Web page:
But what upsets us on a daily basis drives us too. That is what is so vital about it. We resist certain ideas and people in such a way that roots us in our lives differently. If we get one whiff of the opposition our hair stands on end, we become strange. And perhaps that strangeness is bias, or unkindness, or a predisposed resistance. Or maybe, if we are lucky and good, it drives us to be extra generous, so we listen closer and think bigger.

I’m thinking about upset like this because there is an election this week and evil people have been doing awful, disgusting things. I have been upset and so what other use can I make of it than to contextualise? I can be outraged, but my greatest power and yours, really, is to be kind. Kinder than ever. You have it in you. Don’t underestimate its magic.


‘I want to be her’

I have mentioned once or twice how much it is (or rather, was) my ambition to be Molly Weasley, to be more like her. She knits and people love her and she loves people and threatens them in a nice way that is just as I would like to be. Imagine being that resourceful and cheerful and… extraordinary. But perhaps she is ordinary and many people are exactly like her. But she is one such that exists in fiction, and that makes her different.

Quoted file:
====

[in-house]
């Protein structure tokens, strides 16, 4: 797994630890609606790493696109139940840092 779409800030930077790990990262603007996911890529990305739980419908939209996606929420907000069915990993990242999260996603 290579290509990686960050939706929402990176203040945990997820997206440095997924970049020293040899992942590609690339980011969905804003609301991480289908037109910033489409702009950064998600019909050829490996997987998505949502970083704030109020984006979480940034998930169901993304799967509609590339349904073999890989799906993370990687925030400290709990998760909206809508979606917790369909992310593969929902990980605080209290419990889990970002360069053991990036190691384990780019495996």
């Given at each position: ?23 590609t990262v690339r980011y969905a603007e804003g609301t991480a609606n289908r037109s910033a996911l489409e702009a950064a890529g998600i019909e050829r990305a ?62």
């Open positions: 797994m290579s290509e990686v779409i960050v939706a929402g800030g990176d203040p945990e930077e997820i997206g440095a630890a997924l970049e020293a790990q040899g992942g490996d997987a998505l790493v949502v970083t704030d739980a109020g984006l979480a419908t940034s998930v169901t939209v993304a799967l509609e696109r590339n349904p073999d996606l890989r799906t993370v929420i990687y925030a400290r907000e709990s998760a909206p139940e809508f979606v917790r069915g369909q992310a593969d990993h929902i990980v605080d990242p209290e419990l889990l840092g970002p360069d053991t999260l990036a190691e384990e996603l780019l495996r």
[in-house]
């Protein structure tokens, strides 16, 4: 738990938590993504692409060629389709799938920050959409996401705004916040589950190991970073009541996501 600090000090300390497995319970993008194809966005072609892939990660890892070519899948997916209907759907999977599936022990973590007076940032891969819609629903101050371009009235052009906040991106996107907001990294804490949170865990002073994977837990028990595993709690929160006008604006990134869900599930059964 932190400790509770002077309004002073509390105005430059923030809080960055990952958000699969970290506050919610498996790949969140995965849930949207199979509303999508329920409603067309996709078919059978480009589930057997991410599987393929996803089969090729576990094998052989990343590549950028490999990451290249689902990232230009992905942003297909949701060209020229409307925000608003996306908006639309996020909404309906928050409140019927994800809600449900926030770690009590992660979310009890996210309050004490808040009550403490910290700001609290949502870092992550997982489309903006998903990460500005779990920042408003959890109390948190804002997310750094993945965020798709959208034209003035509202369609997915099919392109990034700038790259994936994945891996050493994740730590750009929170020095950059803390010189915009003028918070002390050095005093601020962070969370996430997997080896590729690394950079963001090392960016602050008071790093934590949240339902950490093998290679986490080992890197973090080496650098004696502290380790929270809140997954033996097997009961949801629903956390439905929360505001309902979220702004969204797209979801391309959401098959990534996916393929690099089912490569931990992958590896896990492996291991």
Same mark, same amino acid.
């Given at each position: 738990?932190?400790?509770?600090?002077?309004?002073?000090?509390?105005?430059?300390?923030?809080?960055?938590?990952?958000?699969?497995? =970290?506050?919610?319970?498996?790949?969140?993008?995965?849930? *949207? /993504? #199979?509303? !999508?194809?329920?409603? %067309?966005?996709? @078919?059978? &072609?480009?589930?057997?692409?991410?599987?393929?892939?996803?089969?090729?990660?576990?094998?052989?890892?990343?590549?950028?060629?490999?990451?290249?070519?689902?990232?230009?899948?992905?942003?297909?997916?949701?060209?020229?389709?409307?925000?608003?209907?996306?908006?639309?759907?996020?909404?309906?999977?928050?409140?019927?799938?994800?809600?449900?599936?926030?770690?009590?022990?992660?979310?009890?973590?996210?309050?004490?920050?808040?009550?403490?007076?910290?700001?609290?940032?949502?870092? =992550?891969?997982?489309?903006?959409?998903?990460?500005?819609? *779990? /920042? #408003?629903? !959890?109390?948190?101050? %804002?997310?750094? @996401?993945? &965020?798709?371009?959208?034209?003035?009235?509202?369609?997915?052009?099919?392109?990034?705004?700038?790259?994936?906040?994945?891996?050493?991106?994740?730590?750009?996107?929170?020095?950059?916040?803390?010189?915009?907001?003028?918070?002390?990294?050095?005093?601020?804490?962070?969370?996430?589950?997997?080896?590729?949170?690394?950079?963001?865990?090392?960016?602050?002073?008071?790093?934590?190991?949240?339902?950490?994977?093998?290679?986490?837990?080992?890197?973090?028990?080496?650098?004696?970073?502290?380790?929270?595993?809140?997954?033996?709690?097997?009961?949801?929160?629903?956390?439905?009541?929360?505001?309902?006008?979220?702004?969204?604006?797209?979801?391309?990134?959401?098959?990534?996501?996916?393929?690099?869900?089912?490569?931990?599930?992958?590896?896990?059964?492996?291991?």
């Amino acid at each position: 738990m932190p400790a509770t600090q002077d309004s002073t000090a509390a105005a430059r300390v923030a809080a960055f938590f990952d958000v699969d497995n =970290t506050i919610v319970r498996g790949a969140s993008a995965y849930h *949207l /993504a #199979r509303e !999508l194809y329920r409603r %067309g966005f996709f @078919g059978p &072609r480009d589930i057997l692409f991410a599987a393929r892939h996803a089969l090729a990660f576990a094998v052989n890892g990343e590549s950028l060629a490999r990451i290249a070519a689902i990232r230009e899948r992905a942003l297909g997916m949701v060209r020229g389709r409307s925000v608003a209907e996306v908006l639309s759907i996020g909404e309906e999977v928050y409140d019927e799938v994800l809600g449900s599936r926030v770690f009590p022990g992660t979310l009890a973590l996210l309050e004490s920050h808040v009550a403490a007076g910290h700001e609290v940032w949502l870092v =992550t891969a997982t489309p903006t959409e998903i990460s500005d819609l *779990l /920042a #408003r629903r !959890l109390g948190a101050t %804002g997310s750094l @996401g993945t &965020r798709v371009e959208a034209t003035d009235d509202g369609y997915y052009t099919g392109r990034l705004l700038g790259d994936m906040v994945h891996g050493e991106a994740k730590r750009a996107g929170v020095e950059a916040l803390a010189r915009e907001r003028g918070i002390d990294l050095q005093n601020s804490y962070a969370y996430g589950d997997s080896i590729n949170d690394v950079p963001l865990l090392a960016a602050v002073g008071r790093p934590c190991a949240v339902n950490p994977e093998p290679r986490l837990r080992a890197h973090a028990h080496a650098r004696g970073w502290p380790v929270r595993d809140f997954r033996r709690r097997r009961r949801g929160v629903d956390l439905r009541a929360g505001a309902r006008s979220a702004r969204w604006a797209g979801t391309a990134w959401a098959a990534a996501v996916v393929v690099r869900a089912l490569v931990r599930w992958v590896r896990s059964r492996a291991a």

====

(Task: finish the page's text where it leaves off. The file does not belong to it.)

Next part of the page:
This impulse to be someone else, however, is a bit awful. And it is not only directed at fictional people. I am also guilty of wanting to be actual real people I know, and often other women. I want to be their kind of resourceful, I want to have their kind of energy and kindness and warmth. I want to have their way of speaking (not in terms of voice, but language). I want to be them because they seem so much better than I am. I don’t feel like I express or have impulses that are all good. I know other people also may not, but I live with the voice in my head and it is never all conciliatory or generous.